The US should only sell NVIDIA’s artificial intelligence (AI) chips to those that agree to ethically use the emerging technology, Google DeepMind’s co-founder Mustafa Suleyman said in an interview with the Financial Times on Friday.
Suleyman, who has been a constant advocate of tougher AI regulation, urged the US to enforce the standards presented by leading AI companies in July.
The DeepMind co-founder was referring to the voluntary commitments made by companies including Alphabet, Meta and OpenAI to keep AI as safe as possible.
These included pledges such as including an AI watermark to help with deepfake monitoring, as well as allowing external tests to be done on soon to be released AI systems.
“The US should mandate that any consumer of Nvidia chips signs up to at least the voluntary commitments and more likely, more than that,” Suleyman told the publication.
“That would be an incredibly practical chokepoint that would allow the US to impose itself on all other actors,” he added.
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Suleyman’s calls come as lawmakers in the US, and countries across the world, scramble to get a regulatory hold on the rapid development of AI.
According to Suleyman, the “exponential trajectory” of AI means that large language models will be 100 times more powerful than OpenAI’s GPT-4 in just two years’ time.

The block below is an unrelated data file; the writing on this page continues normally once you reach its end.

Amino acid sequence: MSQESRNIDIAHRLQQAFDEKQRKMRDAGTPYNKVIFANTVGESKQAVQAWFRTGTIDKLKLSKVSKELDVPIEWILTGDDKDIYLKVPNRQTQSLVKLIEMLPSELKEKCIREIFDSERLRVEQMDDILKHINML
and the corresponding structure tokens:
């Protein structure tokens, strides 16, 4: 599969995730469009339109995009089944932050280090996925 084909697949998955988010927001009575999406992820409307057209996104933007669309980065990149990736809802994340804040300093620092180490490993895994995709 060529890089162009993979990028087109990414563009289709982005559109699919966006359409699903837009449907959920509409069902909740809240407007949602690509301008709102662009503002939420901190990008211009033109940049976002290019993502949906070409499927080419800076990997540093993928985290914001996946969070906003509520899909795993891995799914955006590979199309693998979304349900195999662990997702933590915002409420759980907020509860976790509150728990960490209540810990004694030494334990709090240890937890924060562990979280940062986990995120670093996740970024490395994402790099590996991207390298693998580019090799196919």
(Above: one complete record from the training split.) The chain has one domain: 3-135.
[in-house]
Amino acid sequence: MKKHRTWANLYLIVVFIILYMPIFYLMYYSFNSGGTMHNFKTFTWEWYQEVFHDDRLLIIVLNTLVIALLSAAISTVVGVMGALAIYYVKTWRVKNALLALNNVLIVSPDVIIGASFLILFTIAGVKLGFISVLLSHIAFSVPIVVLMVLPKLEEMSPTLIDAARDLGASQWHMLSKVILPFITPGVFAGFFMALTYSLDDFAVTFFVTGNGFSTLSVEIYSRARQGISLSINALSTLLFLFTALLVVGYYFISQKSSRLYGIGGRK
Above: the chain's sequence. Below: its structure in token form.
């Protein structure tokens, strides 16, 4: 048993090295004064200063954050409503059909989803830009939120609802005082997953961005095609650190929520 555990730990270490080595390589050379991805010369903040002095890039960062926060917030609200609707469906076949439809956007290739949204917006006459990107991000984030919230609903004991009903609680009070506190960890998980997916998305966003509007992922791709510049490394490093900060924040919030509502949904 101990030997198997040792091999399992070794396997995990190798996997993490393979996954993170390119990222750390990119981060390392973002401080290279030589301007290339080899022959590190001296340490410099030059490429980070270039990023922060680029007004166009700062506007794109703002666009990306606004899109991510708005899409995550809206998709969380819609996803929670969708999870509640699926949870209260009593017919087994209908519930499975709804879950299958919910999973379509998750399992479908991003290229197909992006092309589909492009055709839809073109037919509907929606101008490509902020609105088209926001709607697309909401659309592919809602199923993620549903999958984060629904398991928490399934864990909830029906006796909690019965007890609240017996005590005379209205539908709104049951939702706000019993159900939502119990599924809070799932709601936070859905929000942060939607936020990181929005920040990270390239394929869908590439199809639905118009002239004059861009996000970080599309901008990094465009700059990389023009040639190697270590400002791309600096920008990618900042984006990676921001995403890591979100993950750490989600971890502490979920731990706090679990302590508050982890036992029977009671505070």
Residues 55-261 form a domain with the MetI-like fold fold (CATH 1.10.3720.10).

Suleyman added that he believes too much of the threat focus is surrounding superintelligence, which he says is a “huge distraction”.
In May, ex-Google CEO, Eric Schmidt, claimed many people could be “harmed or killed” by artificial intelligence (AI) if it was not regulated properly.
This thought process has been backed up by thousands of industry figure heads, including Elon Musk, who joined together to call for a six month development pause to AI in April.
“Should we develop nonhuman minds that might eventually outnumber, outsmart, obsolete, and replace us?” the letter read.
However, Suleyman argues that the industry should be “focused on the practical near-term capabilities which are going to arise in the next 10 years”.
Research firm GlobalData’s 2023 AI Thematic Intelligence predicted that the global specialised AI applications market will be worth $146bn in 2030, up from $31.1bn in 2022, growing at a compound annual growth rate of 21.3%.